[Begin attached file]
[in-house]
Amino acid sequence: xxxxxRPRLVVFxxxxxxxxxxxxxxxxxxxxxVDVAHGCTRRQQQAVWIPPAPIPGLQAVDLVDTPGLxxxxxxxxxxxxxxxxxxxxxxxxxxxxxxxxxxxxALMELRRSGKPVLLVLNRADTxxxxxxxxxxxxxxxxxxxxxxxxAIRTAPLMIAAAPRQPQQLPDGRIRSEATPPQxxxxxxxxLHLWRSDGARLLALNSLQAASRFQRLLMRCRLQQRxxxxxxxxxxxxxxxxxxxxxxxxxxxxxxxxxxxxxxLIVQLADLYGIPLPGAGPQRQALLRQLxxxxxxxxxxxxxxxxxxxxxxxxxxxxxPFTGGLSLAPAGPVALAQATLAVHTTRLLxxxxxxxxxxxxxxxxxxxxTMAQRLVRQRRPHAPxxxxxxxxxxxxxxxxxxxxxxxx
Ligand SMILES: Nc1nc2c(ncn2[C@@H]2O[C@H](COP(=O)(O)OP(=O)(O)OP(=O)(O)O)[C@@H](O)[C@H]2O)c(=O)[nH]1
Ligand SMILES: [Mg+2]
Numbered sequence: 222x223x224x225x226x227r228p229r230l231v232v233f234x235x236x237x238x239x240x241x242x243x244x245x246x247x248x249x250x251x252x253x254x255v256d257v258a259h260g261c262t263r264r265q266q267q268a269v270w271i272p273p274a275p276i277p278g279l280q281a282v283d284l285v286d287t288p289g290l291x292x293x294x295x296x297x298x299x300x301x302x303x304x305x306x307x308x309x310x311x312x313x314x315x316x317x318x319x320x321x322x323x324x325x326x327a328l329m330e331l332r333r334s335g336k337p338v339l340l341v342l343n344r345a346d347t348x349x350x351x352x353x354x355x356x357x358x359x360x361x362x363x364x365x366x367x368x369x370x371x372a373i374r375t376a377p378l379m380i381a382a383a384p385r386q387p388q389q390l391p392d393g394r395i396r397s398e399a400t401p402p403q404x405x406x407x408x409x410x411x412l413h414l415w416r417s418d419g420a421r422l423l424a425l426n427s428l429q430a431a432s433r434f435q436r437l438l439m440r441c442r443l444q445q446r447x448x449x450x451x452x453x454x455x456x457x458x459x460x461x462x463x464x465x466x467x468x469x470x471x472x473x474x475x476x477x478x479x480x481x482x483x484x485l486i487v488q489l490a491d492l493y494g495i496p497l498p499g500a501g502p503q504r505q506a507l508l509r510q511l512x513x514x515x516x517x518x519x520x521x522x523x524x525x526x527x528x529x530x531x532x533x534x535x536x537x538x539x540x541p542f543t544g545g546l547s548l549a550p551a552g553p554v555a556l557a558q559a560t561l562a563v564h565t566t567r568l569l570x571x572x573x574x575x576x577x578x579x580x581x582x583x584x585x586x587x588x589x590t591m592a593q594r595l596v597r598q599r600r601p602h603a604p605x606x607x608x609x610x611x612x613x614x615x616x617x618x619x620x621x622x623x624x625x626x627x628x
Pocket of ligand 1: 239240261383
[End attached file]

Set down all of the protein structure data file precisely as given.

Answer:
[in-house]
Amino acid sequence: xxxxxRPRLVVFxxxxxxxxxxxxxxxxxxxxxVDVAHGCTRRQQQAVWIPPAPIPGLQAVDLVDTPGLxxxxxxxxxxxxxxxxxxxxxxxxxxxxxxxxxxxxALMELRRSGKPVLLVLNRADTxxxxxxxxxxxxxxxxxxxxxxxxAIRTAPLMIAAAPRQPQQLPDGRIRSEATPPQxxxxxxxxLHLWRSDGARLLALNSLQAASRFQRLLMRCRLQQRxxxxxxxxxxxxxxxxxxxxxxxxxxxxxxxxxxxxxxLIVQLADLYGIPLPGAGPQRQALLRQLxxxxxxxxxxxxxxxxxxxxxxxxxxxxxPFTGGLSLAPAGPVALAQATLAVHTTRLLxxxxxxxxxxxxxxxxxxxxTMAQRLVRQRRPHAPxxxxxxxxxxxxxxxxxxxxxxxx
Ligand SMILES: Nc1nc2c(ncn2[C@@H]2O[C@H](COP(=O)(O)OP(=O)(O)OP(=O)(O)O)[C@@H](O)[C@H]2O)c(=O)[nH]1
Ligand SMILES: [Mg+2]
Numbered sequence: 222x223x224x225x226x227r228p229r230l231v232v233f234x235x236x237x238x239x240x241x242x243x244x245x246x247x248x249x250x251x252x253x254x255v256d257v258a259h260g261c262t263r264r265q266q267q268a269v270w271i272p273p274a275p276i277p278g279l280q281a282v283d284l285v286d287t288p289g290l291x292x293x294x295x296x297x298x299x300x301x302x303x304x305x306x307x308x309x310x311x312x313x314x315x316x317x318x319x320x321x322x323x324x325x326x327a328l329m330e331l332r333r334s335g336k337p338v339l340l341v342l343n344r345a346d347t348x349x350x351x352x353x354x355x356x357x358x359x360x361x362x363x364x365x366x367x368x369x370x371x372a373i374r375t376a377p378l379m380i381a382a383a384p385r386q387p388q389q390l391p392d393g394r395i396r397s398e399a400t401p402p403q404x405x406x407x408x409x410x411x412l413h414l415w416r417s418d419g420a421r422l423l424a425l426n427s428l429q430a431a432s433r434f435q436r437l438l439m440r441c442r443l444q445q446r447x448x449x450x451x452x453x454x455x456x457x458x459x460x461x462x463x464x465x466x467x468x469x470x471x472x473x474x475x476x477x478x479x480x481x482x483x484x485l486i487v488q489l490a491d492l493y494g495i496p497l498p499g500a501g502p503q504r505q506a507l508l509r510q511l512x513x514x515x516x517x518x519x520x521x522x523x524x525x526x527x528x529x530x531x532x533x534x535x536x537x538x539x540x541p542f543t544g545g546l547s548l549a550p551a552g553p554v555a556l557a558q559a560t561l562a563v564h565t566t567r568l569l570x571x572x573x574x575x576x577x578x579x580x581x582x583x584x585x586x587x588x589x590t591m592a593q594r595l596v597r598q599r600r601p602h603a604p605x606x607x608x609x610x611x612x613x614x615x616x617x618x619x620x621x622x623x624x625x626x627x628x
Pocket of ligand 1: 239240261383